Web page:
For individuals, the five leading music markets have similar residency and taxable-income rules: If you are a permanent resident, you are taxed on worldwide income; if you are a nonresident, you are taxed only on income earned in the country you are in. Rules for determining tax residence are broadly similar, though with some subtle differences. The UK rules, in particular, are more detailed and potentially less certain than others. In addition, some tax systems have special rules. For example, the UK’s rules for nondomiciled persons can mean that a large part of an individual’s non-UK income can avoid UK tax (though non-UK taxes may apply).

The US is an exception when determining tax residency, because it also taxes US citizens who are nonresidents. In Japan, in most cases, anyone who is domiciled or has a residence in Japan for more than a year will be deemed a resident and liable to income tax on his worldwide income. Japan also imposes an Inhabitants Tax, which is regulated by each prefecture and municipality, and an Enterprise Tax (based on taxable profits, share capital and the “value-added factor” – e.g. personnel costs, net interest and net rent).

The residency test in Germany is straightforward: Broadly, if you are there for over six months, you are deemed a permanent resident and all your worldwide income is taxable. The income-tax rates are progressive, from 15% to 45%. The upper limit is charged on income over €250,731. In France, the residency test is not time-dependent as it is in other countries. Instead, it is set by meeting certain criteria, such as primary residence. There is also a tax shield that caps all taxes on income at 50%. The lowest-tax OECD members include Mexico, Chile, South Korea and Switzerland.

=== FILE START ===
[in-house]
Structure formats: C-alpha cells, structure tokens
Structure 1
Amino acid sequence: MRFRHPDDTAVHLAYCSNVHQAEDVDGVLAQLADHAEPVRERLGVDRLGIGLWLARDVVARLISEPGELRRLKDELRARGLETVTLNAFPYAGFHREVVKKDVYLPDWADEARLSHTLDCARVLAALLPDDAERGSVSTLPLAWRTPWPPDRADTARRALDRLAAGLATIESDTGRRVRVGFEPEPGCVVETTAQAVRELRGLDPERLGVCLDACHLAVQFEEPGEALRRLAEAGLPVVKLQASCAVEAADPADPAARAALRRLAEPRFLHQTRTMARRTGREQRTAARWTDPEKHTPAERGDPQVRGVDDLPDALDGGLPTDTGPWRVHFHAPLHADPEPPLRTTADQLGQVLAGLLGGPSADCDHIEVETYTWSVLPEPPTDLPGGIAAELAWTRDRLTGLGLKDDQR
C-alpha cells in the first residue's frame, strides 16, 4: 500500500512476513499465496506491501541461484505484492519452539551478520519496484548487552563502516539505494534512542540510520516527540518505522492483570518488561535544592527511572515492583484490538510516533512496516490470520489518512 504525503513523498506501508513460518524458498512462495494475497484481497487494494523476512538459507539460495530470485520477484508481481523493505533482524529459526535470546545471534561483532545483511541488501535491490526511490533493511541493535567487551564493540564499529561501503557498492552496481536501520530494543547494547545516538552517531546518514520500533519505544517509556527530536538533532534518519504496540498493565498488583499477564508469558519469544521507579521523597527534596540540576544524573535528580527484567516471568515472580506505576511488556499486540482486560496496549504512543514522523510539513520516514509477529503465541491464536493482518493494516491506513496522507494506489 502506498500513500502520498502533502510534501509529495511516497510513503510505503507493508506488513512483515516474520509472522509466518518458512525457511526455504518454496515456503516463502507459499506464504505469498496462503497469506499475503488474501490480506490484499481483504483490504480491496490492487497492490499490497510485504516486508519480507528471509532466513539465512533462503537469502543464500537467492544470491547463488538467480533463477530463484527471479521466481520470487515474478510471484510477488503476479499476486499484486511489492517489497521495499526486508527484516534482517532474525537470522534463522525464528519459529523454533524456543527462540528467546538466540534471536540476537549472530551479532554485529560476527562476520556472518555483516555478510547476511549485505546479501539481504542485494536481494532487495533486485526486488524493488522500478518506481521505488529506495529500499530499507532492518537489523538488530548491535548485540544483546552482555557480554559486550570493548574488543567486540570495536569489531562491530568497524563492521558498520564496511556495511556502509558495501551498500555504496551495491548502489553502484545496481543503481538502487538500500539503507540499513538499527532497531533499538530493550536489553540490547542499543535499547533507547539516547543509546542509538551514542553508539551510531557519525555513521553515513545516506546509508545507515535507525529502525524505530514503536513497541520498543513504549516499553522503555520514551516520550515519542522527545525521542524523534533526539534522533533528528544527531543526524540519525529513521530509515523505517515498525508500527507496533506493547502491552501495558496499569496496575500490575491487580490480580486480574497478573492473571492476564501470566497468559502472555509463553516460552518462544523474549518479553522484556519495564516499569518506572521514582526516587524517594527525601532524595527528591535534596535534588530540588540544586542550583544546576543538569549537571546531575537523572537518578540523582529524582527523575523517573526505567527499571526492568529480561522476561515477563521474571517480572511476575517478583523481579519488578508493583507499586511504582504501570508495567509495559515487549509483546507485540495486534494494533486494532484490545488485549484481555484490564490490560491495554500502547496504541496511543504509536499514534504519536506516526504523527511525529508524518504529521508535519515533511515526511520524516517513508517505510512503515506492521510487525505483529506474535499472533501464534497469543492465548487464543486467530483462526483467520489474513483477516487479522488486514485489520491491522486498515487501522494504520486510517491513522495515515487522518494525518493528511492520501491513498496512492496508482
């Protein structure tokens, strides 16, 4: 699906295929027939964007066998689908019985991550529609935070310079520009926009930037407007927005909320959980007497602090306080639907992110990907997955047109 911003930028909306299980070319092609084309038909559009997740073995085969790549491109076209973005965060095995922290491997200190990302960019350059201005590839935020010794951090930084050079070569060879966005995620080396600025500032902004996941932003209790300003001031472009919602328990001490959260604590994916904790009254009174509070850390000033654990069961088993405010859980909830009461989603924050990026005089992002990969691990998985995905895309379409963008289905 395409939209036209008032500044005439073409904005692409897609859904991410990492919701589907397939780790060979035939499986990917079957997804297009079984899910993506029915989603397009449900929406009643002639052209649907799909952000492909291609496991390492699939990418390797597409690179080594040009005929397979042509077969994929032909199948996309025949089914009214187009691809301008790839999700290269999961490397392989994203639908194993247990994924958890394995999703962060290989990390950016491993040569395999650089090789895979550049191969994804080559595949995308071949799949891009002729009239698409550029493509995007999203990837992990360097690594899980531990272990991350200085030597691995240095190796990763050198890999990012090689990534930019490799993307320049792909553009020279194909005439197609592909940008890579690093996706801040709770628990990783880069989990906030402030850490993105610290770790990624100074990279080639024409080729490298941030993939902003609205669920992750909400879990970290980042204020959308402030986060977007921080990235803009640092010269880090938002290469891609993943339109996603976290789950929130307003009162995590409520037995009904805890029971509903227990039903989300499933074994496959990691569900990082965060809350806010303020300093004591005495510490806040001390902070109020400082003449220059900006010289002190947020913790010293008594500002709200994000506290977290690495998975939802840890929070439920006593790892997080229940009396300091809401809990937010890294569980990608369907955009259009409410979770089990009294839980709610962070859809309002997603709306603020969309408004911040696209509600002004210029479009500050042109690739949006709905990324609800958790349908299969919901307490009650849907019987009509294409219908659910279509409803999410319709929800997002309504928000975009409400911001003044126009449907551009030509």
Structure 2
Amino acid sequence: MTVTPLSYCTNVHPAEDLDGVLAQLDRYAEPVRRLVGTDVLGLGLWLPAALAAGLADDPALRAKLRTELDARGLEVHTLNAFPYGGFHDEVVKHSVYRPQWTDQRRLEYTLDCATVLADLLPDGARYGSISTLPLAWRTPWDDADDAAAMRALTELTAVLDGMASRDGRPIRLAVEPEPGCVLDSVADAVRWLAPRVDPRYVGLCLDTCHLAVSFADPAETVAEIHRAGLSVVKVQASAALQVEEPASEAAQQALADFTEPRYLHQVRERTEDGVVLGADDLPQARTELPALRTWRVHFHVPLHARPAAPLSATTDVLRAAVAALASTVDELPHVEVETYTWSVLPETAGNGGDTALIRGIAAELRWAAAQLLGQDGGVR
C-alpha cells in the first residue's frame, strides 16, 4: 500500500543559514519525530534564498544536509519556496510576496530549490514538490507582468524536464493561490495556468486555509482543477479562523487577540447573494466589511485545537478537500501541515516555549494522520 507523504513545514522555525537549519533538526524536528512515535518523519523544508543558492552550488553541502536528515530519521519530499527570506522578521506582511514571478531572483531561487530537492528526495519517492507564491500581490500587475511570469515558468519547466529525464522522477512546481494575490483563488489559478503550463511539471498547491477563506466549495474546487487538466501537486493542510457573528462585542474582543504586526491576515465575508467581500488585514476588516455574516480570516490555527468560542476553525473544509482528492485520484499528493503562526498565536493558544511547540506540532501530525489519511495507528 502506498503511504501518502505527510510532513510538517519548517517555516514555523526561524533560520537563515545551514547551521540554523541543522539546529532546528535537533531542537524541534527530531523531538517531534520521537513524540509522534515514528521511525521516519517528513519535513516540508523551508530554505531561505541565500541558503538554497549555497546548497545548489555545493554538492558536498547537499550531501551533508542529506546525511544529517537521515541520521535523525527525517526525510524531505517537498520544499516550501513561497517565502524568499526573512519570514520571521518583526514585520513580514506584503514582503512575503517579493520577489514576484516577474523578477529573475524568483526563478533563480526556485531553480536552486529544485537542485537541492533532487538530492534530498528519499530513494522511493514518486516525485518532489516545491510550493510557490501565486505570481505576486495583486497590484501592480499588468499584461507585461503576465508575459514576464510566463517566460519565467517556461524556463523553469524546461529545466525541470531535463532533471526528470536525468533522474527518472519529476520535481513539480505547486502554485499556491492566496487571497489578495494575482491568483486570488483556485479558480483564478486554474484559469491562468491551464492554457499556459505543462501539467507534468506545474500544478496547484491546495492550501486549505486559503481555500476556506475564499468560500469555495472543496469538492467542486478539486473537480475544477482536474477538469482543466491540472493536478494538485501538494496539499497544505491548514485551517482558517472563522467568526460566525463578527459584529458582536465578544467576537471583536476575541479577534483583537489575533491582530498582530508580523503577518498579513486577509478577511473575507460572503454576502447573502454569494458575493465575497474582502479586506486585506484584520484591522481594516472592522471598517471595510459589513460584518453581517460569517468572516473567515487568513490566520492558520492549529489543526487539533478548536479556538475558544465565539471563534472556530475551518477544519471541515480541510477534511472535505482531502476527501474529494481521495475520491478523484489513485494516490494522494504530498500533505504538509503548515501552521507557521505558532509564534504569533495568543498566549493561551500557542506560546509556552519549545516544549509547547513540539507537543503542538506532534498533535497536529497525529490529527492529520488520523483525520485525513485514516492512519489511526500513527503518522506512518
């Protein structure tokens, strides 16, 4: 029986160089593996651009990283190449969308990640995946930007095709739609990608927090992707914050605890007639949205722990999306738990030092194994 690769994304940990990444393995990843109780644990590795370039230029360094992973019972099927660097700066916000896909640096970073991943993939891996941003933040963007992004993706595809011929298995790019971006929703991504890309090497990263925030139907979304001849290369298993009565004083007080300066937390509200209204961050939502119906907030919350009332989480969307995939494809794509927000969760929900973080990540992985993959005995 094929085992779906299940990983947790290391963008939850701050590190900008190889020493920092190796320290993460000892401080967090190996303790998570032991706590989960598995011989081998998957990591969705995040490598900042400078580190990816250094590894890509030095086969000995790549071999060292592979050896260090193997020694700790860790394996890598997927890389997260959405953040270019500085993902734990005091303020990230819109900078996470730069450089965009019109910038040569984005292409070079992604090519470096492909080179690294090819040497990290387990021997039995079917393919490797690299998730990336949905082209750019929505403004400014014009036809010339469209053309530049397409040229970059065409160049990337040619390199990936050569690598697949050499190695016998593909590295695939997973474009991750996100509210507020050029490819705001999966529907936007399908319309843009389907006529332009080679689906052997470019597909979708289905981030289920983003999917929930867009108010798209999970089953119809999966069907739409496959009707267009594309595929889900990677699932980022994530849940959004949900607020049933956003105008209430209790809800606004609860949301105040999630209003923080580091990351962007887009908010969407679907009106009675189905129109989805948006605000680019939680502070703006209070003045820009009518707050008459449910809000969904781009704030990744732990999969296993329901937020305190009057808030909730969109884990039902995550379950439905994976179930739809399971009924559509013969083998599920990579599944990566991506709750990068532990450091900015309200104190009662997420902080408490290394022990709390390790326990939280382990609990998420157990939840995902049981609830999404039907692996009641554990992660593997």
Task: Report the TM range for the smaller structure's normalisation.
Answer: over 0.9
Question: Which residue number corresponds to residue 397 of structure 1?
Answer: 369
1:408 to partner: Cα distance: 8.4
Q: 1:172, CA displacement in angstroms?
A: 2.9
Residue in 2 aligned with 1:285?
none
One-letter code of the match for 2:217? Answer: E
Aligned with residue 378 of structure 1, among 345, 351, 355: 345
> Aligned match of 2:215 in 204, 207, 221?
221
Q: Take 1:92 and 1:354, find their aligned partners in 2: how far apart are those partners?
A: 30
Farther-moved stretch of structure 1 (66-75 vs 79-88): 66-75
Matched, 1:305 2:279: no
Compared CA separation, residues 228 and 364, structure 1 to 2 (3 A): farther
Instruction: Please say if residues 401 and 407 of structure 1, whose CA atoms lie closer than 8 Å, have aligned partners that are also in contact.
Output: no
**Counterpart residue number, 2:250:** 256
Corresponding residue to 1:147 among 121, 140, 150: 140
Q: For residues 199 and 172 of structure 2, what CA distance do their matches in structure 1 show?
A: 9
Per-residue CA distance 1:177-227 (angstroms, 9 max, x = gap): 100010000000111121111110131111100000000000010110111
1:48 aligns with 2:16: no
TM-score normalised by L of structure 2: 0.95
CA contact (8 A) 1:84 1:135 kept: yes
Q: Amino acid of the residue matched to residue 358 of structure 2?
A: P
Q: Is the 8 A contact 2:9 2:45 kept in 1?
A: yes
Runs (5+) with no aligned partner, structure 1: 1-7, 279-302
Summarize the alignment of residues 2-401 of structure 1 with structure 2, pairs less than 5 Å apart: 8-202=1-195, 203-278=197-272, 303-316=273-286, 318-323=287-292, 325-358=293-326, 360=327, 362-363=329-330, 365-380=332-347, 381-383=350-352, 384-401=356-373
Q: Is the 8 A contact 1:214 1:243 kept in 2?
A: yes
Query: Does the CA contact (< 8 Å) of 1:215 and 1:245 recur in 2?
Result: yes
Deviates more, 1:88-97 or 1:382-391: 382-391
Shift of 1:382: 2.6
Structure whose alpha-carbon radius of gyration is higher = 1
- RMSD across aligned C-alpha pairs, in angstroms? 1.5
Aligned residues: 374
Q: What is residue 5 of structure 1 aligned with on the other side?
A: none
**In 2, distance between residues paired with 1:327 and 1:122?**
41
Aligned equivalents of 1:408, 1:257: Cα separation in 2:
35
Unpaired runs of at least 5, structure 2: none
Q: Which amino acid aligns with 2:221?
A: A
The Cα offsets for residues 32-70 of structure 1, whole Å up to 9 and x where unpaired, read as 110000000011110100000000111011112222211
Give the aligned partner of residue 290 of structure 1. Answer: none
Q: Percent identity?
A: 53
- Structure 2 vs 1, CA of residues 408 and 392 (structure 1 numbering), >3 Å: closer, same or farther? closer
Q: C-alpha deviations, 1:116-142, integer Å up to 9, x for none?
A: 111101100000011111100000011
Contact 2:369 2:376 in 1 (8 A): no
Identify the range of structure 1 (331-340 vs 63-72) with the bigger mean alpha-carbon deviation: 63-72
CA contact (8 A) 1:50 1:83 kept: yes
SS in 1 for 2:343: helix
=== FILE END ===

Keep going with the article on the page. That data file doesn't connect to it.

To be a tax exile or not to be a tax exile
Some artists, of course, choose not to become tax exiles. For example, late last year the singer Paolo Nutini told the Scottish newspaper The Daily Record that he would never become a tax exile on the grounds that he considered it his duty to pay tax in the country he grew up in. This attitude is similar to views held by Art Uncut, which has often stated that good citizenship “is more than just sticking to the exact letter of the law.” The activist movement equates becoming a tax exile to the undermining of democracy. Fewer in number are those artists that have returned from tax exile. For example, a few years ago the French singer Johnny Hallyday was widely reported to have agreed to return to France from tax exile in Switzerland after the election as president of Nicolas Sarkozy. Our research suggests Hallyday is still a resident of Switzerland.

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Assistance for this blog was provided by Colin Aylott, director of international tax, and Mark Wingate, director of private client tax services, both with the accounting and investment-management group Smith & Williamson.


2 thoughts on “Tax havens still attract big-name artists, but how do the big five music markets compare for tax rates?

  1. Why is it that nearly all British Tax Exiles are honored with a knight hood or Dame hood